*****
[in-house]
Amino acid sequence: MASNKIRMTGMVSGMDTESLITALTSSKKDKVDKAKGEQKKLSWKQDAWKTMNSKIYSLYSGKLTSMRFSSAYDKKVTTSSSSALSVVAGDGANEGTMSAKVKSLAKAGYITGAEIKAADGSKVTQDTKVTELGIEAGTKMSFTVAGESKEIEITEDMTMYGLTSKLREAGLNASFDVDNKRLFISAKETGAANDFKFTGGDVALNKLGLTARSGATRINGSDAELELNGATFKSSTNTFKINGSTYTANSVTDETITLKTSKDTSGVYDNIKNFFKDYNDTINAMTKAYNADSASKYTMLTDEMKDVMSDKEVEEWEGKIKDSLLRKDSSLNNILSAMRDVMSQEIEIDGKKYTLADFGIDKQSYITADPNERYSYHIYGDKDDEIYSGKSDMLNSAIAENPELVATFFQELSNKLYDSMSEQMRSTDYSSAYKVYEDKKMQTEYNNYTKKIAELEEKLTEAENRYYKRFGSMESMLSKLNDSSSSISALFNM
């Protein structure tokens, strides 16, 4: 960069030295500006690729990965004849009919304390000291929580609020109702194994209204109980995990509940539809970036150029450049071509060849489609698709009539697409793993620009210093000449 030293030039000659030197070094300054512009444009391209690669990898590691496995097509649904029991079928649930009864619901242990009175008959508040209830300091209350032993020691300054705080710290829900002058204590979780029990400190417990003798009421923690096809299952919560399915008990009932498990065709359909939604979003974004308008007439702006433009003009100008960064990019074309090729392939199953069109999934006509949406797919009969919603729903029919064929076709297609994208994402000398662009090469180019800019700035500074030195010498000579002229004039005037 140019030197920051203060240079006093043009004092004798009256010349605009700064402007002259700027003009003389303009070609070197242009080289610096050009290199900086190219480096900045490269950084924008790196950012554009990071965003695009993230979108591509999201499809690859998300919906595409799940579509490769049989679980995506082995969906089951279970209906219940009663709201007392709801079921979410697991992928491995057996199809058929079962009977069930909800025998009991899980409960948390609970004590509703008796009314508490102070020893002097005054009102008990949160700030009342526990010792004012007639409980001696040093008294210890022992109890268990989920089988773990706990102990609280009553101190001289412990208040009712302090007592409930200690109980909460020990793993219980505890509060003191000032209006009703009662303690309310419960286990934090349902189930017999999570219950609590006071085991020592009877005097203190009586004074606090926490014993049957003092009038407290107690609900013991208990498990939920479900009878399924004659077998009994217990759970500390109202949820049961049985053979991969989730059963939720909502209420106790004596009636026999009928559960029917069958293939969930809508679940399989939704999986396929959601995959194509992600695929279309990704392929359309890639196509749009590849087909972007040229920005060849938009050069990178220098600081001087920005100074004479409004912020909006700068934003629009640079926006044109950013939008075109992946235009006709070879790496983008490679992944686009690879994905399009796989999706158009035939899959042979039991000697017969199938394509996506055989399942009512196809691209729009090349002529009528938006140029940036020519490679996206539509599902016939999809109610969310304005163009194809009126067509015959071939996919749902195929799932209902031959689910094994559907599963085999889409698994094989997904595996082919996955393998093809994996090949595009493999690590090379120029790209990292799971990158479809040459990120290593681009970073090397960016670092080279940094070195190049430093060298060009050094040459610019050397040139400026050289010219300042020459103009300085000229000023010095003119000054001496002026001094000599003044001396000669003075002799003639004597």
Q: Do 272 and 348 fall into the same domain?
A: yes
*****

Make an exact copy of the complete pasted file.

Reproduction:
[in-house]
Amino acid sequence: MASNKIRMTGMVSGMDTESLITALTSSKKDKVDKAKGEQKKLSWKQDAWKTMNSKIYSLYSGKLTSMRFSSAYDKKVTTSSSSALSVVAGDGANEGTMSAKVKSLAKAGYITGAEIKAADGSKVTQDTKVTELGIEAGTKMSFTVAGESKEIEITEDMTMYGLTSKLREAGLNASFDVDNKRLFISAKETGAANDFKFTGGDVALNKLGLTARSGATRINGSDAELELNGATFKSSTNTFKINGSTYTANSVTDETITLKTSKDTSGVYDNIKNFFKDYNDTINAMTKAYNADSASKYTMLTDEMKDVMSDKEVEEWEGKIKDSLLRKDSSLNNILSAMRDVMSQEIEIDGKKYTLADFGIDKQSYITADPNERYSYHIYGDKDDEIYSGKSDMLNSAIAENPELVATFFQELSNKLYDSMSEQMRSTDYSSAYKVYEDKKMQTEYNNYTKKIAELEEKLTEAENRYYKRFGSMESMLSKLNDSSSSISALFNM
């Protein structure tokens, strides 16, 4: 960069030295500006690729990965004849009919304390000291929580609020109702194994209204109980995990509940539809970036150029450049071509060849489609698709009539697409793993620009210093000449 030293030039000659030197070094300054512009444009391209690669990898590691496995097509649904029991079928649930009864619901242990009175008959508040209830300091209350032993020691300054705080710290829900002058204590979780029990400190417990003798009421923690096809299952919560399915008990009932498990065709359909939604979003974004308008007439702006433009003009100008960064990019074309090729392939199953069109999934006509949406797919009969919603729903029919064929076709297609994208994402000398662009090469180019800019700035500074030195010498000579002229004039005037 140019030197920051203060240079006093043009004092004798009256010349605009700064402007002259700027003009003389303009070609070197242009080289610096050009290199900086190219480096900045490269950084924008790196950012554009990071965003695009993230979108591509999201499809690859998300919906595409799940579509490769049989679980995506082995969906089951279970209906219940009663709201007392709801079921979410697991992928491995057996199809058929079962009977069930909800025998009991899980409960948390609970004590509703008796009314508490102070020893002097005054009102008990949160700030009342526990010792004012007639409980001696040093008294210890022992109890268990989920089988773990706990102990609280009553101190001289412990208040009712302090007592409930200690109980909460020990793993219980505890509060003191000032209006009703009662303690309310419960286990934090349902189930017999999570219950609590006071085991020592009877005097203190009586004074606090926490014993049957003092009038407290107690609900013991208990498990939920479900009878399924004659077998009994217990759970500390109202949820049961049985053979991969989730059963939720909502209420106790004596009636026999009928559960029917069958293939969930809508679940399989939704999986396929959601995959194509992600695929279309990704392929359309890639196509749009590849087909972007040229920005060849938009050069990178220098600081001087920005100074004479409004912020909006700068934003629009640079926006044109950013939008075109992946235009006709070879790496983008490679992944686009690879994905399009796989999706158009035939899959042979039991000697017969199938394509996506055989399942009512196809691209729009090349002529009528938006140029940036020519490679996206539509599902016939999809109610969310304005163009194809009126067509015959071939996919749902195929799932209902031959689910094994559907599963085999889409698994094989997904595996082919996955393998093809994996090949595009493999690590090379120029790209990292799971990158479809040459990120290593681009970073090397960016670092080279940094070195190049430093060298060009050094040459610019050397040139400026050289010219300042020459103009300085000229000023010095003119000054001496002026001094000599003044001396000669003075002799003639004597």
Q: Do 272 and 348 fall into the same domain?
A: yes